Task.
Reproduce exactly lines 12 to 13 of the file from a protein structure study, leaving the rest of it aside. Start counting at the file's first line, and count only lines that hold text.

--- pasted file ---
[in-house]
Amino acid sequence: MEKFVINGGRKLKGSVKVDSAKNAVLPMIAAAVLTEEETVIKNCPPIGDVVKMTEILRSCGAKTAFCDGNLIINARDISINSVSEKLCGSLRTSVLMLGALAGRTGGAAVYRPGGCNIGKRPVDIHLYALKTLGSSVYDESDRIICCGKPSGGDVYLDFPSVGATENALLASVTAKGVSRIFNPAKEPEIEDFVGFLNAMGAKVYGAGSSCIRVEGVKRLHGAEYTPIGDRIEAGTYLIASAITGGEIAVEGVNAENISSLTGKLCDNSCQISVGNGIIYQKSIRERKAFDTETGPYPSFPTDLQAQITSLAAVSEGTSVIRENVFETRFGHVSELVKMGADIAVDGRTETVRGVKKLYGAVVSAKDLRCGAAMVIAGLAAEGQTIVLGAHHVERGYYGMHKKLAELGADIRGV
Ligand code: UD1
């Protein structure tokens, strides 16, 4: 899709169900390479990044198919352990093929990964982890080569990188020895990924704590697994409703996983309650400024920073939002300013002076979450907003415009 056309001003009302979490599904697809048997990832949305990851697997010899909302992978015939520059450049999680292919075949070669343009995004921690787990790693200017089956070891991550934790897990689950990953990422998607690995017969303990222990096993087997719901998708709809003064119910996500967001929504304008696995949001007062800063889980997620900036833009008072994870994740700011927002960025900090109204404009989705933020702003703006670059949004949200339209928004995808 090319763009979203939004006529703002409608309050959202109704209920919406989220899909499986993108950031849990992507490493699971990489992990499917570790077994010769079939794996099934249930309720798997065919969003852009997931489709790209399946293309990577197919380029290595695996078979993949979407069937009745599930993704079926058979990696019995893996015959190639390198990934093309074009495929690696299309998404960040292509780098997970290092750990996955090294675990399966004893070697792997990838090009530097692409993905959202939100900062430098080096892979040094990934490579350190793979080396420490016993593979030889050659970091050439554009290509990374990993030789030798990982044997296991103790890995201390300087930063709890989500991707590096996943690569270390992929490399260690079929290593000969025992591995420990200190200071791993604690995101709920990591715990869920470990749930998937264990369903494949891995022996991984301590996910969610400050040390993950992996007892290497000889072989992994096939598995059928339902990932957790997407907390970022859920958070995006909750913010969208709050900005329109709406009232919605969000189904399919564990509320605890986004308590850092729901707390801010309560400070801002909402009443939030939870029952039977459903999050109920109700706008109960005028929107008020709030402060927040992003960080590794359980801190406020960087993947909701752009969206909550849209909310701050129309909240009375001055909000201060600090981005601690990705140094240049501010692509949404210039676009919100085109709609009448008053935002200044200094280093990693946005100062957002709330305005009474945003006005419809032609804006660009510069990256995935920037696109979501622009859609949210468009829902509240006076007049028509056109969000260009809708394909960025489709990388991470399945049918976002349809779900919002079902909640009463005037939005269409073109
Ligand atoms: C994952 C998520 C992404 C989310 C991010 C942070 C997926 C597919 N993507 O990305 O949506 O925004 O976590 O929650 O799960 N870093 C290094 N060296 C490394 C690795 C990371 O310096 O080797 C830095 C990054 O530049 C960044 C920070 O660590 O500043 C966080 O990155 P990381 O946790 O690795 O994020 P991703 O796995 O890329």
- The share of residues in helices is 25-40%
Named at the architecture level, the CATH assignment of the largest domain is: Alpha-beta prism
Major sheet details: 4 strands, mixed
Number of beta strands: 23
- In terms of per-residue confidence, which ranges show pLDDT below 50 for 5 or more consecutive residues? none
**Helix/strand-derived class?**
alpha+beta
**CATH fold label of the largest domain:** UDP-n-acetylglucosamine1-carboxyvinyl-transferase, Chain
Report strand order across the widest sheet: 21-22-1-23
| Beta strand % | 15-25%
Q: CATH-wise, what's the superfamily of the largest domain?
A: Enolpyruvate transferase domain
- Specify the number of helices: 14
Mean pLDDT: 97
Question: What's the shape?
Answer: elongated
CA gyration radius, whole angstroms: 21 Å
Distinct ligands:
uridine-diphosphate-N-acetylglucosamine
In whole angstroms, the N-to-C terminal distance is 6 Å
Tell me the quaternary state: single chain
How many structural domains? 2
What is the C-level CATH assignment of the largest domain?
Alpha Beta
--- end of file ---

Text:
alpha+beta
**CATH fold label of the largest domain:** UDP-n-acetylglucosamine1-carboxyvinyl-transferase, Chain